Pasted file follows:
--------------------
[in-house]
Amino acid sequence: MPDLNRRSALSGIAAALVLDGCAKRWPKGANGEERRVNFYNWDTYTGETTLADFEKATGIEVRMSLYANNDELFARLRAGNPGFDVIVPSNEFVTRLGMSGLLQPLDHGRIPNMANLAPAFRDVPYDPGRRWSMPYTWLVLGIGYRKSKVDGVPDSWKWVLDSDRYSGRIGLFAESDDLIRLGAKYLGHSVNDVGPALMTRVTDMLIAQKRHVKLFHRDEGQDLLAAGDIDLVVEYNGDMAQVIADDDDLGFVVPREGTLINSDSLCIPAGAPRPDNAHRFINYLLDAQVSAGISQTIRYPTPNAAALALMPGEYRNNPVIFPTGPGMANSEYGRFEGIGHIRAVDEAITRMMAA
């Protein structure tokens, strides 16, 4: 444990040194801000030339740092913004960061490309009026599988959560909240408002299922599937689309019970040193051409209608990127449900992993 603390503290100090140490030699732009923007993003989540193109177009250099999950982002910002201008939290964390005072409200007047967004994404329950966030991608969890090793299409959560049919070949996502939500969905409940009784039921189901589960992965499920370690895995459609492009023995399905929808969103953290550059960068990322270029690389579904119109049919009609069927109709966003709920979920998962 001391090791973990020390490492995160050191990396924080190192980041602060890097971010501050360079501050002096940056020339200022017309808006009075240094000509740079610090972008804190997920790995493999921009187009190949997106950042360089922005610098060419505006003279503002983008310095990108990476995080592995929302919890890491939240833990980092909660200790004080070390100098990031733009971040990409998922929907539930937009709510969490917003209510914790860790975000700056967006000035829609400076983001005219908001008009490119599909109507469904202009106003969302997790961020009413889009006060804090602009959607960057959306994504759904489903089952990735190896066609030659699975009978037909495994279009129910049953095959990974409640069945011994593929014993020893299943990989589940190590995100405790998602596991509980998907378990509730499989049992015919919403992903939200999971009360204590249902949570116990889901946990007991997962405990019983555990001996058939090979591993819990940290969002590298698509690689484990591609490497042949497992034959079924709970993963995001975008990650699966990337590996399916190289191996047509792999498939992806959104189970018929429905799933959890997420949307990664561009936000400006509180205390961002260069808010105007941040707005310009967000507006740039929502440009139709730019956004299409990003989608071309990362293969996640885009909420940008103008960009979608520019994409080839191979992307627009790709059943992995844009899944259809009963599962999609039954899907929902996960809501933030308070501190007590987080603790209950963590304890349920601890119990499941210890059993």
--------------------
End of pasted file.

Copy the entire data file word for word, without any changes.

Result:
[in-house]
Amino acid sequence: MPDLNRRSALSGIAAALVLDGCAKRWPKGANGEERRVNFYNWDTYTGETTLADFEKATGIEVRMSLYANNDELFARLRAGNPGFDVIVPSNEFVTRLGMSGLLQPLDHGRIPNMANLAPAFRDVPYDPGRRWSMPYTWLVLGIGYRKSKVDGVPDSWKWVLDSDRYSGRIGLFAESDDLIRLGAKYLGHSVNDVGPALMTRVTDMLIAQKRHVKLFHRDEGQDLLAAGDIDLVVEYNGDMAQVIADDDDLGFVVPREGTLINSDSLCIPAGAPRPDNAHRFINYLLDAQVSAGISQTIRYPTPNAAALALMPGEYRNNPVIFPTGPGMANSEYGRFEGIGHIRAVDEAITRMMAA
């Protein structure tokens, strides 16, 4: 444990040194801000030339740092913004960061490309009026599988959560909240408002299922599937689309019970040193051409209608990127449900992993 603390503290100090140490030699732009923007993003989540193109177009250099999950982002910002201008939290964390005072409200007047967004994404329950966030991608969890090793299409959560049919070949996502939500969905409940009784039921189901589960992965499920370690895995459609492009023995399905929808969103953290550059960068990322270029690389579904119109049919009609069927109709966003709920979920998962 001391090791973990020390490492995160050191990396924080190192980041602060890097971010501050360079501050002096940056020339200022017309808006009075240094000509740079610090972008804190997920790995493999921009187009190949997106950042360089922005610098060419505006003279503002983008310095990108990476995080592995929302919890890491939240833990980092909660200790004080070390100098990031733009971040990409998922929907539930937009709510969490917003209510914790860790975000700056967006000035829609400076983001005219908001008009490119599909109507469904202009106003969302997790961020009413889009006060804090602009959607960057959306994504759904489903089952990735190896066609030659699975009978037909495994279009129910049953095959990974409640069945011994593929014993020893299943990989589940190590995100405790998602596991509980998907378990509730499989049992015919919403992903939200999971009360204590249902949570116990889901946990007991997962405990019983555990001996058939090979591993819990940290969002590298698509690689484990591609490497042949497992034959079924709970993963995001975008990650699966990337590996399916190289191996047509792999498939992806959104189970018929429905799933959890997420949307990664561009936000400006509180205390961002260069808010105007941040707005310009967000507006740039929502440009139709730019956004299409990003989608071309990362293969996640885009909420940008103008960009979608520019994409080839191979992307627009790709059943992995844009899944259809009963599962999609039954899907929902996960809501933030308070501190007590987080603790209950963590304890349920601890119990499941210890059993």